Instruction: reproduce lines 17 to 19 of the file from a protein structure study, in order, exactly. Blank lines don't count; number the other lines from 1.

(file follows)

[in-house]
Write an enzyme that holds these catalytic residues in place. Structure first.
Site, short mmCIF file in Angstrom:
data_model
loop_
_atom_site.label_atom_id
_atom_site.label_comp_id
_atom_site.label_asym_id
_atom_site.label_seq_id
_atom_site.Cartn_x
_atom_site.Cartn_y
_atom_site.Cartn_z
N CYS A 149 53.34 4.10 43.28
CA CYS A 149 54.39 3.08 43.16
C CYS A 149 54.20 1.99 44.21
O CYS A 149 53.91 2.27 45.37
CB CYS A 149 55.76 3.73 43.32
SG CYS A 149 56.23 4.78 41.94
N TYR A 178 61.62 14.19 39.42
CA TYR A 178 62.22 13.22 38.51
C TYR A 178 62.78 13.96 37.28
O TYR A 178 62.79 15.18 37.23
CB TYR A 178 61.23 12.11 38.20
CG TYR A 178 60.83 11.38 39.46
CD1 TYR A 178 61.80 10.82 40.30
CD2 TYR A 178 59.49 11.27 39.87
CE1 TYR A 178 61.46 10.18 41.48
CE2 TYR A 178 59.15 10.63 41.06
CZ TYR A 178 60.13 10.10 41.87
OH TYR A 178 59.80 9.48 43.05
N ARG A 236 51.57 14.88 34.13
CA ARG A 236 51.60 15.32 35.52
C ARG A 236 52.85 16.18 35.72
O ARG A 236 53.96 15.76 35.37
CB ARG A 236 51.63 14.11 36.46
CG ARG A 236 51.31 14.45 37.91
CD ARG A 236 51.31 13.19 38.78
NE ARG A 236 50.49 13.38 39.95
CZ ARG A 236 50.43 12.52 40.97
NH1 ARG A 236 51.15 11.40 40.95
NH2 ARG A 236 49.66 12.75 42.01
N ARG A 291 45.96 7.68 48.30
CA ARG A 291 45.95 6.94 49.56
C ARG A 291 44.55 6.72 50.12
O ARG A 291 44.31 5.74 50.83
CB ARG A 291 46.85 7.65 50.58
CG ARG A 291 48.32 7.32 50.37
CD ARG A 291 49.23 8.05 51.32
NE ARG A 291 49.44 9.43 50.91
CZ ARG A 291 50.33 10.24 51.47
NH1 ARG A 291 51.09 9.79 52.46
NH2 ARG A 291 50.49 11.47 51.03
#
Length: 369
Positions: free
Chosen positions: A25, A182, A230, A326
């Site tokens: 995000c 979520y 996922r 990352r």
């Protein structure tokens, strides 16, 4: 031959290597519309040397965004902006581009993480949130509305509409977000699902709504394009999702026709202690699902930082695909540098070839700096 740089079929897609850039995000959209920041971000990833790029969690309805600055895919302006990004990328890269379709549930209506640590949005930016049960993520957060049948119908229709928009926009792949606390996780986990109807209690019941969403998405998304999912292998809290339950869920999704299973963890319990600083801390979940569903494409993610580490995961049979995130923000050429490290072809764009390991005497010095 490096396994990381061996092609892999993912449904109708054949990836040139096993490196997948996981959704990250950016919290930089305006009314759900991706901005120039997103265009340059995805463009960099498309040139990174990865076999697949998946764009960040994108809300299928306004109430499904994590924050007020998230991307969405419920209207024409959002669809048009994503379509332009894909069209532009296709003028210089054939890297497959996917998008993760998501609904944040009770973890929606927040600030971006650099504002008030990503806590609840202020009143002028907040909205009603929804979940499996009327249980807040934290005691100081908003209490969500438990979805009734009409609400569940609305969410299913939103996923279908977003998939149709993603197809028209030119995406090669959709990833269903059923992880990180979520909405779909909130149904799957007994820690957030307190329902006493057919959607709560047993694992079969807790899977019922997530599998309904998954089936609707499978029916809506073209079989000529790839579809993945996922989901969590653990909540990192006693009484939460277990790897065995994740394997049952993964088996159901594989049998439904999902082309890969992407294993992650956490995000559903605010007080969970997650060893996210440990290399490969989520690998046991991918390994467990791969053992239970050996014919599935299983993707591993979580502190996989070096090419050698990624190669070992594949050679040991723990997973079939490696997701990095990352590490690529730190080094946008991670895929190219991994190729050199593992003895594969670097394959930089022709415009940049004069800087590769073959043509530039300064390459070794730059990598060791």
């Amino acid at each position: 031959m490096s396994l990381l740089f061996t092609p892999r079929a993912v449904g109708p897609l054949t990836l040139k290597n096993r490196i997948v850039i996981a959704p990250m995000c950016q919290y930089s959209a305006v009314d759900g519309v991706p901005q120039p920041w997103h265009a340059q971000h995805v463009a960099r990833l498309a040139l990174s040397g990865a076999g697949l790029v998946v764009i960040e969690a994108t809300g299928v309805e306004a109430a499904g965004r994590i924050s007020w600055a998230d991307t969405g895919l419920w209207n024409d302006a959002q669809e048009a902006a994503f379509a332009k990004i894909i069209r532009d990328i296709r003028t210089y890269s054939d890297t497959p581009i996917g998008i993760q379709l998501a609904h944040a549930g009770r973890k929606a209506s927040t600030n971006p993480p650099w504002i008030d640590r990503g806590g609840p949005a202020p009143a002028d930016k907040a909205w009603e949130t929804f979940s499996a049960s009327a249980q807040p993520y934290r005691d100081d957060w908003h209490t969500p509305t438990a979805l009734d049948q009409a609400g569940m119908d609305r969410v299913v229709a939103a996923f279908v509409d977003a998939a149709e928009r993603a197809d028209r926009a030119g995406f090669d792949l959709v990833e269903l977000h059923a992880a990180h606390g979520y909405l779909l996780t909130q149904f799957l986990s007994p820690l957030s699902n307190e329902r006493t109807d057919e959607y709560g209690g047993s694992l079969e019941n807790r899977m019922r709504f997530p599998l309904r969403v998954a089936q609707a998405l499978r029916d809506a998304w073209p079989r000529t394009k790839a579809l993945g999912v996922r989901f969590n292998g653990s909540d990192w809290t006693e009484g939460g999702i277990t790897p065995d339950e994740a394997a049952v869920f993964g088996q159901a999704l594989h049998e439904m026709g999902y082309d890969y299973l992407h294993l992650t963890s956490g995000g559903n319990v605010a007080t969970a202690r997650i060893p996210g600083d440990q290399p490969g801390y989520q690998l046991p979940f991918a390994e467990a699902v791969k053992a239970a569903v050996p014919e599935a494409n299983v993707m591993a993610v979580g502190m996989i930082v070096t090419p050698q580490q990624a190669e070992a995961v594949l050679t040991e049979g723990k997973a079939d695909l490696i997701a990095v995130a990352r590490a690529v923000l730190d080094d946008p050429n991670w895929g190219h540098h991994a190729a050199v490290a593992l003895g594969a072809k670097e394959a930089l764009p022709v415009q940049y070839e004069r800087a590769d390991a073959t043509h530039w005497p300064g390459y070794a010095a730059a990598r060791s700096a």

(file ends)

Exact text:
CB CYS A 149 55.76 3.73 43.32
SG CYS A 149 56.23 4.78 41.94
N TYR A 178 61.62 14.19 39.42